For those who are determined to push through and do it all, I highly recommend scheduling some healing support. Why wait till things go wrong, till the immune system crashes, the headaches descend or the low back gives out? Prepare yourself and prevent the aftermath of overdoing by making time for a massage, Reiki or acupuncture treatment, a trip to the chiropractor or hot baths, extra yoga or dance classes, or whatever you favorite mode of relaxation may be.

Make it a priority now and get it on the calendar! Save yourself the misery of getting sick or injured or suffering from stress and tension. Having two jobs, my own business, plans to travel to the Michigan tundra for a family Thanksgiving, an upcoming move to a different home, and all the other ordinary everyday stuff I’m loading up on self-care practices; including eliminating all inflammatory thoughts and foods, boosting my immune system with plant medicine, and receiving treatments from my awesome team of holistic health providers. Seriously, I don’t mess around!

If you’re wondering if a session with me would be helpful, let’s schedule a complimentary 15 minute phone consultation. Even if you’re not in the Philadelphia area, long-distance Reiki is an excellent option to stress relief, recharging batteries, and keeping life-force energy flowing and balanced. If we’re neighbors, let’s get you on the table for a therapeutic massage or Reiki treatment! Check out my website for details or contact me to schedule.

Reiki and Sugar Addiction

Note: in this post, I’m referring to refined sugar; products of the sugar cane plant, as well as all its nefarious aliases and chemical substitutes. According to UCSF there are 61 names for sugar! No doubt this list will continue to expand as consumers get savvier and manufacturers get trickier. I’m not interested in the naturally occurring sugars found in whole foods which will be included as grams of sugar on a product label; I am strictly interested in the list of ingredients for this article.

I’m participating in a panel discussion through Weavers Way Coop in Mount Airy, Philadelphia on the topic of sugar addiction. Event details here. I will be sharing the stage with a nutritionist and a life coach, both of whom will provide valuable information. As a Reiki practitioner and massage therapist, I’m not qualified to discuss the effects of sugar on the body. As a recovering sugar addict and facilitator of body-mind-spirit healing, I do however bring a great deal of experience and awareness of the emotional component of changing one’s diet.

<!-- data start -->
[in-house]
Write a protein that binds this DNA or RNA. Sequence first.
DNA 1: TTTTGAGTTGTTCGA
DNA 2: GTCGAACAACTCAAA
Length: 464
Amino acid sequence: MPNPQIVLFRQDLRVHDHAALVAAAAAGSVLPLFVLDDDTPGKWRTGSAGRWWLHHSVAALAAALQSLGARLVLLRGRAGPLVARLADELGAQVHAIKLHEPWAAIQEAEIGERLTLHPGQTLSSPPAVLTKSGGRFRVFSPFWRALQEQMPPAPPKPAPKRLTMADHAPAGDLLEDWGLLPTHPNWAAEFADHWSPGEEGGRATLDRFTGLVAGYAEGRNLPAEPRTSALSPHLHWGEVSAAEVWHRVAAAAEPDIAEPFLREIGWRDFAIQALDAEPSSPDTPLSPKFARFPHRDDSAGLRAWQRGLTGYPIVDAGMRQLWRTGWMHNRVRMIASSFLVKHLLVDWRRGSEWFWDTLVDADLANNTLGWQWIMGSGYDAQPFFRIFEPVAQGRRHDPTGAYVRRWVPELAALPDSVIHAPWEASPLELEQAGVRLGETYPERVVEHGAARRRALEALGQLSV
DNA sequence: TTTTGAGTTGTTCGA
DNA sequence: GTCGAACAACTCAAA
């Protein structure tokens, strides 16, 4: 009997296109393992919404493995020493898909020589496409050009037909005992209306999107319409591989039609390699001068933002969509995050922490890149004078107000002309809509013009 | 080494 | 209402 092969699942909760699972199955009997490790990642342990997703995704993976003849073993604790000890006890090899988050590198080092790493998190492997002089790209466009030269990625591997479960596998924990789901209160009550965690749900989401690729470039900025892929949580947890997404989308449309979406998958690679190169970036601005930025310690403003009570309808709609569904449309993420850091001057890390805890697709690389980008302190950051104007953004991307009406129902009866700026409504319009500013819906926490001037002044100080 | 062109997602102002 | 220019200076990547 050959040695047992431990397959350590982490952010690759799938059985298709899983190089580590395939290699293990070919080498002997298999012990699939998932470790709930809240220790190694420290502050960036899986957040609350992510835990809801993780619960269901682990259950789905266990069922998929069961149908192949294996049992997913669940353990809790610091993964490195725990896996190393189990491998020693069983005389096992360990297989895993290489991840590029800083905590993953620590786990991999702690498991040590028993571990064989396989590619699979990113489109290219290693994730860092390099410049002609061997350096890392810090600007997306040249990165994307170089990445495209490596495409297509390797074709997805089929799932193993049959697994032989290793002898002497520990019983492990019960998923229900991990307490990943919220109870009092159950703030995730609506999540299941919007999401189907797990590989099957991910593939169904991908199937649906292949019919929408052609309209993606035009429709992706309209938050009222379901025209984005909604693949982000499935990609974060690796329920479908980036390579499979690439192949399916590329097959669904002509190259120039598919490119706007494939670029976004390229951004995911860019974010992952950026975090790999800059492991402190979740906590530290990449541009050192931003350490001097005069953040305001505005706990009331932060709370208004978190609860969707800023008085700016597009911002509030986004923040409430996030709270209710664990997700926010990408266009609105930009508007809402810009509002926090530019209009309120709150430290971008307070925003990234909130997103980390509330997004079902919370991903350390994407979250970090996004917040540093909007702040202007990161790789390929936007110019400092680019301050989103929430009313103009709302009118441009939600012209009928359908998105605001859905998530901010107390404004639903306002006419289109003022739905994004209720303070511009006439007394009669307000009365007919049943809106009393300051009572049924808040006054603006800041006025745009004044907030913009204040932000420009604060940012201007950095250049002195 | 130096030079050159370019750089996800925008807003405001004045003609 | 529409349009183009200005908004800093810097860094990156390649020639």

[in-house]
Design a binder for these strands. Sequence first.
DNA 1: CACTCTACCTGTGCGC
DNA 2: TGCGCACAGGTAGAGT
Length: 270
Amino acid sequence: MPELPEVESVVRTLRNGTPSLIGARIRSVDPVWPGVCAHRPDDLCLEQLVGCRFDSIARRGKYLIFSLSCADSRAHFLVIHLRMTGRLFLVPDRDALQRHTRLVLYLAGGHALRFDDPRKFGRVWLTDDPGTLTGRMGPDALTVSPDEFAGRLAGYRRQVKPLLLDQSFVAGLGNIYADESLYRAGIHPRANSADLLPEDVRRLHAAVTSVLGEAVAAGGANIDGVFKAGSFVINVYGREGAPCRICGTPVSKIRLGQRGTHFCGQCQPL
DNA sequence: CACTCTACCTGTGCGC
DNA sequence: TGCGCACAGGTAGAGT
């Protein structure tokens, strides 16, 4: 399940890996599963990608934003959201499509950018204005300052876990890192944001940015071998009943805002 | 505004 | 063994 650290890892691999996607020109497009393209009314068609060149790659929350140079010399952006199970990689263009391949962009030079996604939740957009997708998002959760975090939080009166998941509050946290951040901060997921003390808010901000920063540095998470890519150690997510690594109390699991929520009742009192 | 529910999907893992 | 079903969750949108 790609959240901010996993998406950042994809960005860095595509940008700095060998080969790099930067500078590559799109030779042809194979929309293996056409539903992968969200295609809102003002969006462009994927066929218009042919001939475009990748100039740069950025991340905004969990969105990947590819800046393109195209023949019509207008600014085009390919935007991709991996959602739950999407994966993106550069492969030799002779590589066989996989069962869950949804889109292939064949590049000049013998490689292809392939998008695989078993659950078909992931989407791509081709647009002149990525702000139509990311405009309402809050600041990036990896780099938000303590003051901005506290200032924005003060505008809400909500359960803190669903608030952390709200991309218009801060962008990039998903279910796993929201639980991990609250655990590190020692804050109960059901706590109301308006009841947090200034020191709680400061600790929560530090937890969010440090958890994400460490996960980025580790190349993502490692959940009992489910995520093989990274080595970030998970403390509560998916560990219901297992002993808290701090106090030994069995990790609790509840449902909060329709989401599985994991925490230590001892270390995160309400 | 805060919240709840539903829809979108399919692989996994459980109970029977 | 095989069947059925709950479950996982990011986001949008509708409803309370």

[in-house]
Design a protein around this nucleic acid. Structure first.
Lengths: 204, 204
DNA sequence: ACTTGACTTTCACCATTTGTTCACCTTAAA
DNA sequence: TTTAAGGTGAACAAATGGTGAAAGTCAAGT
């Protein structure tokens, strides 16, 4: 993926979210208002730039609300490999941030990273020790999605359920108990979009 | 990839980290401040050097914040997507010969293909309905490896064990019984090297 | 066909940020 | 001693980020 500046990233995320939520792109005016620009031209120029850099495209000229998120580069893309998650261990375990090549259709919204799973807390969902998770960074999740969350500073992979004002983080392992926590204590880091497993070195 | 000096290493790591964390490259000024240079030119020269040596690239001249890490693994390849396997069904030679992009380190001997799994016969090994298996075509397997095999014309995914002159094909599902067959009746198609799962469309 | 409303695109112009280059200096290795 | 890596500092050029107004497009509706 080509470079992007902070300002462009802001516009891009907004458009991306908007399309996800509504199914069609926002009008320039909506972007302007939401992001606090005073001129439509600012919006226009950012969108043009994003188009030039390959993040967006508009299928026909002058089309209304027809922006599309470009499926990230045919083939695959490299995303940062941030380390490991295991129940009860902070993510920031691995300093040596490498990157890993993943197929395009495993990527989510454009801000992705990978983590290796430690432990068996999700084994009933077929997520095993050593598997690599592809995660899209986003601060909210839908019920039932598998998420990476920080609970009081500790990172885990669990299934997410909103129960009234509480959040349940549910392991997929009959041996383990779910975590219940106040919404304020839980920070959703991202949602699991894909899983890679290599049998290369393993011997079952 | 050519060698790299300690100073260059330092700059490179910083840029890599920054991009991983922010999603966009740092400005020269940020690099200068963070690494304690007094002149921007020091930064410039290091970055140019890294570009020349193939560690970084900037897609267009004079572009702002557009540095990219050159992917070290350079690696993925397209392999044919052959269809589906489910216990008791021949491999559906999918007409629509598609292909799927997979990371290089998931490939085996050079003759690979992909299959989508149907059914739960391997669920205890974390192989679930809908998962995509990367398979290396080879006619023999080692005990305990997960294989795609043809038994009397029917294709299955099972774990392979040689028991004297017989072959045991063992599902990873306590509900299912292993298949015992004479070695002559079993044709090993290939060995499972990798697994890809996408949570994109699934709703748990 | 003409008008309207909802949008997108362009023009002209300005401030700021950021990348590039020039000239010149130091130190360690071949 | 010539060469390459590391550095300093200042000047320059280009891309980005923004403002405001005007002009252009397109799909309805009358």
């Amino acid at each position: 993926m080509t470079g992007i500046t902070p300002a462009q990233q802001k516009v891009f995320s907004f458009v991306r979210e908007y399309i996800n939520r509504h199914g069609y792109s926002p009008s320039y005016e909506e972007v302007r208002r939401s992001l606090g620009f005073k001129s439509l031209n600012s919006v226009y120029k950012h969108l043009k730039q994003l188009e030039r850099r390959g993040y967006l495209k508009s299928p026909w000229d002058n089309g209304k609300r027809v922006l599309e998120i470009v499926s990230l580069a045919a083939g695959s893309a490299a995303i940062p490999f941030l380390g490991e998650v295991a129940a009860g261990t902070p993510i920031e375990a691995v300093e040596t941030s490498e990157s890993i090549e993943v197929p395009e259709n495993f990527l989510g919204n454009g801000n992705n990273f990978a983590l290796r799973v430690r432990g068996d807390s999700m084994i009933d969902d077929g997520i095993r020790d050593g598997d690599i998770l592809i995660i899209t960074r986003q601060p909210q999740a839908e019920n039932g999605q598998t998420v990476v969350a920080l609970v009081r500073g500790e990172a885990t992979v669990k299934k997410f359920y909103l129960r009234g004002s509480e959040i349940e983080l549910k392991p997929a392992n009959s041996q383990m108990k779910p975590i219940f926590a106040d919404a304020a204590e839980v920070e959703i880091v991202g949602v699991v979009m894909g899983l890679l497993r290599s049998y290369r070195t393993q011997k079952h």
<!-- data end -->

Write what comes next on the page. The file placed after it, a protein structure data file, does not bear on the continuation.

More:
I think at this point we all know that sugar is not healthy for us. No one wakes up in the morning thinking, “I’m going to eat healthfully today, where are the donuts?” In fact many of us have a plan in place to avoid sugar, pack well balanced snacks and lunches, and nonetheless end up succumbing to the sweet temptress despite our best efforts. If you’re one of those rare people who can take or leave sugar, more power to you! Perhaps you can sign up for medical testing to see what secrets your body knows that could benefit the rest of us.

This is the piece of the puzzle that captivates me:  why do so many of us fail when we try so hard to avoid harmful sweets? Yes, sugar has indeed been shown to be addictive; some claim it’s more addictive than cocaine. It’s certainly more readily available; in certain environments it’s downright difficult to avoid. Most every gathering I’ve ever been to was centered around some variation of cake. Ack! I will leave the proof of the addictive nature of sugar to the nutritionists and scientists. If you’re doubtful, check out the movie, That Sugar Film. It’s morbidly fascinating and deeply disturbing. But better to know the monster that lurks in your cupboards than to allow it to control your behavior from the shadows. Right? 

In addition to the biochemical nature of addiction, I notice that many of us (myself included) are compelled to eat sugar for emotional reasons. It can be a balm for a broken heart, a celebration, a distraction from upset, and an attempt to soothe stress. Name an emotion, and I’m pretty sure I’ve used dessert to commemorate, numb, or avoid it. The problem lies in the fact that these strategies are hugely unsuccessful! Sugar does not alleviate stress; if it did, Americans would be the most relaxed people on the planet. When we stress eat,  the result is a stimulating chemical reaction in our bodies and quite possibly guilt or shame in addition to the original stress.

From my point of view as a holistic practitioner, the path to breaking the sugar cycle involves emotional healing and being prepared for the inevitable cravings. This is where the healing power of Reiki comes in. Reiki can support us in becoming aware of our feelings, allowing them to surface, and processing them in a healthy way. It can help open intuitive pathways that guide us on the journey and connect us to the wisdom deep within. And perhaps most importantly, it can provide comfort and support in the moments we become triggered and would normally turn to a cupcake or ice cream, or my personal favorite, chocolate chip cookies, for solace.

While the process of examining, handling, and releasing emotional discord can be messy, takes time and effort, and is by no means the popular route; it has the potential for deactivating the landmines that send us running to the pseudo-comforting arms of sugar. It is certainly more effective than white-knuckling it through every party you ever attend, or relying on will power and the knowledge of the damaging effects that sugar has on your health. If you’re interested in a free 15 minute consultation or booking a Reiki session, either remotely or in person to kick that pesky sugar habit, I’d love to hear from you. Check out my website for more information about the services I offer or to contact me.